• Up to $6.25 million for businesses with revenues in excess of $50 million.

Loans would be interest-only for the first 12 months, with a 10-year repayment period.

Work Sharing Program Extension

Work-Sharing (WS) is a program that helps employers and employees avoid layoffs when there is a temporary decrease in business activity beyond the control of the employer. The program provides Employment Insurance (EI) benefits to eligible employees who agree to reduce their normal working hours and share the available work while their employer recovers. Work-Sharing is an agreement between employers, employees and the Government of Canada. The program extension is effective from March 15, 2020 to March 14, 2021. Under the extension:

  • the maximum duration of work-sharing agreements is extended by an additional 38 weeks, for a total of 76 weeks
  • the mandatory waiting period between agreements is waived
  • applicants need only have been in business for 1 year rather than 2.

Access more information here, and download an application form here.

Canada Emergency Response Benefit (CERB)

The CERB program is now closed, but eligible individuals can apply retroactively for periods up until September 26, 2020. The program offered benefits to people ineligible for Employment Insurance who had lost incomes due to COVID-19, including self-employed people and business owners. As of September 27, individuals eligible for Employment Insurance are expected to transition to that program, which has been enhanced. Individuals not eligible for Employment Insurance may be able to claim the new Canada Recovery Benefit (CRB).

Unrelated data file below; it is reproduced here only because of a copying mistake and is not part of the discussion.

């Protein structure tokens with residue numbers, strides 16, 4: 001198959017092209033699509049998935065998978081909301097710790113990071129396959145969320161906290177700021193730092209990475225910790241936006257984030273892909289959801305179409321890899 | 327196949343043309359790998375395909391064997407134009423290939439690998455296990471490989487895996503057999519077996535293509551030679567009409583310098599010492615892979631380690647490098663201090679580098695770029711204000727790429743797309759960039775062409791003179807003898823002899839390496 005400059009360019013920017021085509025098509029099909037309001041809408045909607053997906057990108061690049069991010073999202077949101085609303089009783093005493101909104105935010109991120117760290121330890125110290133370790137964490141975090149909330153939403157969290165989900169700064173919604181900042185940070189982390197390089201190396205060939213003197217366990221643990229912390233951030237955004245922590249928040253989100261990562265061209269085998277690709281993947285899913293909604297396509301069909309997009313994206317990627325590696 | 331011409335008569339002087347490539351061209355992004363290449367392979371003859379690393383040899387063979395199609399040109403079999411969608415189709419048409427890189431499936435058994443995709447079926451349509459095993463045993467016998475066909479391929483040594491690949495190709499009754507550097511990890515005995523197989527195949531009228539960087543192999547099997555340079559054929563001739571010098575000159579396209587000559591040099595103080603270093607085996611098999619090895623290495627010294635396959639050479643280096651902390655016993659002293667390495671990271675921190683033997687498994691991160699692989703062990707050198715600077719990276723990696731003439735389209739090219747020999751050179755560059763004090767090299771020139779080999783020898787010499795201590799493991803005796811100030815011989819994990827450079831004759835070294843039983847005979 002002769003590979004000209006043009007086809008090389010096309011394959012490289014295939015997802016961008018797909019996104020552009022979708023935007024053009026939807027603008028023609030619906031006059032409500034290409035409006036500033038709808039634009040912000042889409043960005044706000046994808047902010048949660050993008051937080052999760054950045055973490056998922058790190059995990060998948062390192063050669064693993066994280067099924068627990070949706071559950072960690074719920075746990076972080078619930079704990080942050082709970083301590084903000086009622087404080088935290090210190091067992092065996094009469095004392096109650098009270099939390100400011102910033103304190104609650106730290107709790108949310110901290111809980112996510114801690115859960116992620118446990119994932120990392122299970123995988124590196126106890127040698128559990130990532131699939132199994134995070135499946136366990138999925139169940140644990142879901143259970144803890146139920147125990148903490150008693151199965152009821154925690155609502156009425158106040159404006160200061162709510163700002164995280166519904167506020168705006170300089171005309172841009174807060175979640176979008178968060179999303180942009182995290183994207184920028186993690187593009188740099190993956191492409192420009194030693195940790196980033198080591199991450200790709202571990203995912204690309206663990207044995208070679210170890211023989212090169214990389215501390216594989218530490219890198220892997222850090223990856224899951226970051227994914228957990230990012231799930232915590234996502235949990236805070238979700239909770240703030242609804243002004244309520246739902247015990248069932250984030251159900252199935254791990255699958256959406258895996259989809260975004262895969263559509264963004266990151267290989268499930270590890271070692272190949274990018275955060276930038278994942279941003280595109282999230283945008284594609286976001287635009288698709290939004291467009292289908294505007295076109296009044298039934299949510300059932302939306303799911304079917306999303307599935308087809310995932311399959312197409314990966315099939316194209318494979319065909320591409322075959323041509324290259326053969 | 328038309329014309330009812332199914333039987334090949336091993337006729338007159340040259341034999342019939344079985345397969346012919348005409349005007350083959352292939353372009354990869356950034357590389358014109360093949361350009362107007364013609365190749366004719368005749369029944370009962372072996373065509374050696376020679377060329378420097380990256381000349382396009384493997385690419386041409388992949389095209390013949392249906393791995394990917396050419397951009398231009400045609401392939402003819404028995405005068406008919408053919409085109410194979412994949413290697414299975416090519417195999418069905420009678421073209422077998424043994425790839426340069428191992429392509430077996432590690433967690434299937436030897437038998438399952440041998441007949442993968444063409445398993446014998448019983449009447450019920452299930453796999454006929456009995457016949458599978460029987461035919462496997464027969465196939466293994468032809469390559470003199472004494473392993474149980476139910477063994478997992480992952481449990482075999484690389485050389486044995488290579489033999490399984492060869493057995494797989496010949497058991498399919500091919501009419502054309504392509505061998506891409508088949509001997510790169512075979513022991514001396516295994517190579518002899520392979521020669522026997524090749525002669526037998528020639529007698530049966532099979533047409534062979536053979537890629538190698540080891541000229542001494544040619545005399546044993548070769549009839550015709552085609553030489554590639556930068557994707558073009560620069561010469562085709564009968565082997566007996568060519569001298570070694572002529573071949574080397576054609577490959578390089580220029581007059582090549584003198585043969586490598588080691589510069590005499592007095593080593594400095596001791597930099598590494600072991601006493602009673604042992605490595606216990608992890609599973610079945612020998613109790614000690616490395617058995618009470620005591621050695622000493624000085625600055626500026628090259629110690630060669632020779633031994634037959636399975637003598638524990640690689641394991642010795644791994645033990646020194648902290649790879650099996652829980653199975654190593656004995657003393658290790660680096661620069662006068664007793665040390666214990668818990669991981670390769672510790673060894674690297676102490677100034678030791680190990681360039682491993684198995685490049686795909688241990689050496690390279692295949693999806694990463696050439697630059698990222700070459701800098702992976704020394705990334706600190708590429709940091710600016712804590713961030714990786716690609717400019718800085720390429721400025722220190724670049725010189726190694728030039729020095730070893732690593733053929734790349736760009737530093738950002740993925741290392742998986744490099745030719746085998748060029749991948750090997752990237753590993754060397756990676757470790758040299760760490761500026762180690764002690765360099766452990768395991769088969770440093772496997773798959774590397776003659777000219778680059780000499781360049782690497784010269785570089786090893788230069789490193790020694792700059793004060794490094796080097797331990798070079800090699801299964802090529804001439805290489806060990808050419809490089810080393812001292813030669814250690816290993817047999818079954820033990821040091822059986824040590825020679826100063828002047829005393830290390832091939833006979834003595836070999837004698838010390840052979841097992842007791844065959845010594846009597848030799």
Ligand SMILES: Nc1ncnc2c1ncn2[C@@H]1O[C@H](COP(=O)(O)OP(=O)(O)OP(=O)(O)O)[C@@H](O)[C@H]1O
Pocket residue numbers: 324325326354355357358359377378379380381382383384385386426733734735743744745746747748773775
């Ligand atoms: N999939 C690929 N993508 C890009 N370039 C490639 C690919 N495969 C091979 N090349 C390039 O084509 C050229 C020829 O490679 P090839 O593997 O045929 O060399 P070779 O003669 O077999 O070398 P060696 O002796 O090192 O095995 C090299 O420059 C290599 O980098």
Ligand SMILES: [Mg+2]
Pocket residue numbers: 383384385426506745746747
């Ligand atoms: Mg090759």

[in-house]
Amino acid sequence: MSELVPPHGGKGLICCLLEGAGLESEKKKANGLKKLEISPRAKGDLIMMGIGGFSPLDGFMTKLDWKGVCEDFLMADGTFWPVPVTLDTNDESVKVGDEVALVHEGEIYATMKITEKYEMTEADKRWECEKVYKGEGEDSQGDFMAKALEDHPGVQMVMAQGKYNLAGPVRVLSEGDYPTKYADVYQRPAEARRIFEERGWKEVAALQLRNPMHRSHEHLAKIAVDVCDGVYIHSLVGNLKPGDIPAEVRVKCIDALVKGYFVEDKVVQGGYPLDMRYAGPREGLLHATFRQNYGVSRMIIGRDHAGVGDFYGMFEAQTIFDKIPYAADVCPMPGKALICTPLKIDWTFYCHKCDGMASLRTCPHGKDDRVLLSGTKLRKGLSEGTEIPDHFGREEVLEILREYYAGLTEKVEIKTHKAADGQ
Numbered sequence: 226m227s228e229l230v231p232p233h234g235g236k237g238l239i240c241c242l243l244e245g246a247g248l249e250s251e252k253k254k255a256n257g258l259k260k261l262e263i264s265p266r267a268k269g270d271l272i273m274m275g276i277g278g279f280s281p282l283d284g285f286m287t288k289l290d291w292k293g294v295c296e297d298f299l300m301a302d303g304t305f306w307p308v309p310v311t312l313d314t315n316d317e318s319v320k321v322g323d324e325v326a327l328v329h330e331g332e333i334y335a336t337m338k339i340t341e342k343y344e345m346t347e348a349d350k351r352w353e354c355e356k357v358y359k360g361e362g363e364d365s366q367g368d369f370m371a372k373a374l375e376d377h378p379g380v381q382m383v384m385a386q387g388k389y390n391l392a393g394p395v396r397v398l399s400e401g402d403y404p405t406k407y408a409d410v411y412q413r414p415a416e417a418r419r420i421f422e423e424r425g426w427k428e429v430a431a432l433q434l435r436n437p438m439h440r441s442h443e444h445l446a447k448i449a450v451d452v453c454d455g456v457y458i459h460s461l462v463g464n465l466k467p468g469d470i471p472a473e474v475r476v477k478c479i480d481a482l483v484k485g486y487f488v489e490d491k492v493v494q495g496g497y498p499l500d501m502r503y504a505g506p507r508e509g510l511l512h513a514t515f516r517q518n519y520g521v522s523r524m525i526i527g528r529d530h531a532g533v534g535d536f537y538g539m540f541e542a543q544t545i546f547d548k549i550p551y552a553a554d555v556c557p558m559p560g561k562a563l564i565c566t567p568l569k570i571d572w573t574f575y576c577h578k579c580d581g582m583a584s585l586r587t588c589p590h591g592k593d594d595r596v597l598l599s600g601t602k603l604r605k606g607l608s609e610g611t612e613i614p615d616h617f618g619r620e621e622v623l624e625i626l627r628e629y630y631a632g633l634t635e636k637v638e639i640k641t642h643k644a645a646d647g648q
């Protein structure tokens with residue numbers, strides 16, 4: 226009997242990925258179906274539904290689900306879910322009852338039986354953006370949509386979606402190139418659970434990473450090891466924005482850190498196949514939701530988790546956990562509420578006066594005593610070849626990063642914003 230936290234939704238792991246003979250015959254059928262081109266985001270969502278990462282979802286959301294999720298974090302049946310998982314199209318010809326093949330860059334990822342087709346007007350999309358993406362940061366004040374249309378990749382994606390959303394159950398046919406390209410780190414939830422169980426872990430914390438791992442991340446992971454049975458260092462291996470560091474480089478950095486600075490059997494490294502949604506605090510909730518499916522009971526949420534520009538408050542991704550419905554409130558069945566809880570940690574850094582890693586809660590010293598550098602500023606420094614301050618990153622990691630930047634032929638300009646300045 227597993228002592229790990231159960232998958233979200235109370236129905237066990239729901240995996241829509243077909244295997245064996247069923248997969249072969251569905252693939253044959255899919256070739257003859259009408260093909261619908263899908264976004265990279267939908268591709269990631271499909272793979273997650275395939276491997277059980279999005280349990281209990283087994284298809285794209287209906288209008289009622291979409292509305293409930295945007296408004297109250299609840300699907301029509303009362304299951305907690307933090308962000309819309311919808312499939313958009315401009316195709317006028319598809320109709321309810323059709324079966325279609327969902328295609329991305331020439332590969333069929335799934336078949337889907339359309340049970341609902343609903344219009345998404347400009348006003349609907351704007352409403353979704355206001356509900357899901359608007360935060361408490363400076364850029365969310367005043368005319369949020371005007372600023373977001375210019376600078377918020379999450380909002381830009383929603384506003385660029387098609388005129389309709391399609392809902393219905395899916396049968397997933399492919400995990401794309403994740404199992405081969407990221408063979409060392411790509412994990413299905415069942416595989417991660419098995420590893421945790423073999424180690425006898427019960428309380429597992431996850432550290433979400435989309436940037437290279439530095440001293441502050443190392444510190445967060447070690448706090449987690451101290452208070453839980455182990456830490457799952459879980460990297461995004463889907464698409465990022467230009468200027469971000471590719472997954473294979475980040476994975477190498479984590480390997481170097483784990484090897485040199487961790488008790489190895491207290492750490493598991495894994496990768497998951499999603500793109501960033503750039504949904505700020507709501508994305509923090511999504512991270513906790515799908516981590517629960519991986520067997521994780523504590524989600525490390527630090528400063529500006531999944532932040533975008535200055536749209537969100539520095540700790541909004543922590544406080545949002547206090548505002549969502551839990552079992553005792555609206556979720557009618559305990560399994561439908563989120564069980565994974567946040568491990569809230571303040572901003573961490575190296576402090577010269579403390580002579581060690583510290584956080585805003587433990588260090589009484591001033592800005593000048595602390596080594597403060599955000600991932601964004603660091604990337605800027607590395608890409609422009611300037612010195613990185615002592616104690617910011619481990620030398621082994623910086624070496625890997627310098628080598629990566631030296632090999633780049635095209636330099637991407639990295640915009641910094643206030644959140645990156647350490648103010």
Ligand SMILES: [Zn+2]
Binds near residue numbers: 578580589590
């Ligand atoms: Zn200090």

Canada Recovery Benefit (CRB)

The CRB will provide $500 per week for up to 26 weeks for workers who have stopped working or had their income reduced by at least 50% due to COVID-19, and who are not eligible for Employment Insurance (EI). Applicants must:

  • have earned a minimum of $5,000 in 2019, in 2020, or in the 12 months preceding their first application, from employment income, self-employment income, Employment Insurance (EI) maternity or parental benefits; or Quebec Parental Insurance Plan (QPIP) benefits
  • have stopped working due to the COVID-19 pandemic and are available and looking for work; or are working and have had a reduction of at least 50% in their employment/self-employment income for reasons related to COVID-19
  • not receive payments from the Canada Recovery Caregiving Benefit (CRCB), the Canada Recovery Sickness Benefit (CRSB), short-term disability benefits, workers’ compensation benefits, any Employment Insurance (EI) benefits, or Quebec Parental Insurance Plan (QPIP) benefits

Legislation approving the CRB was recently passed and more information will be available soon. The program, when launched, will apply retroactively to September 27.

Canada Recovery Sickness Benefit (CRSB)

The CRSB will provide $500 per week, for up to a maximum of two weeks, for workers who are unable to work because they contracted COVID-19; self-isolated for reasons related to COVID-19; or have underlying conditions that would make them more susceptible to COVID-19. Applicants must:

  • have earned at least $5,000 in 2019 or in 2020 or in the 12 months preceding their first application for this benefit from one or more of the following sources: employment income, self-employment income, Employment Insurance (EI) maternity or parental benefits; or Quebec Parental Insurance Plan (QPIP) benefits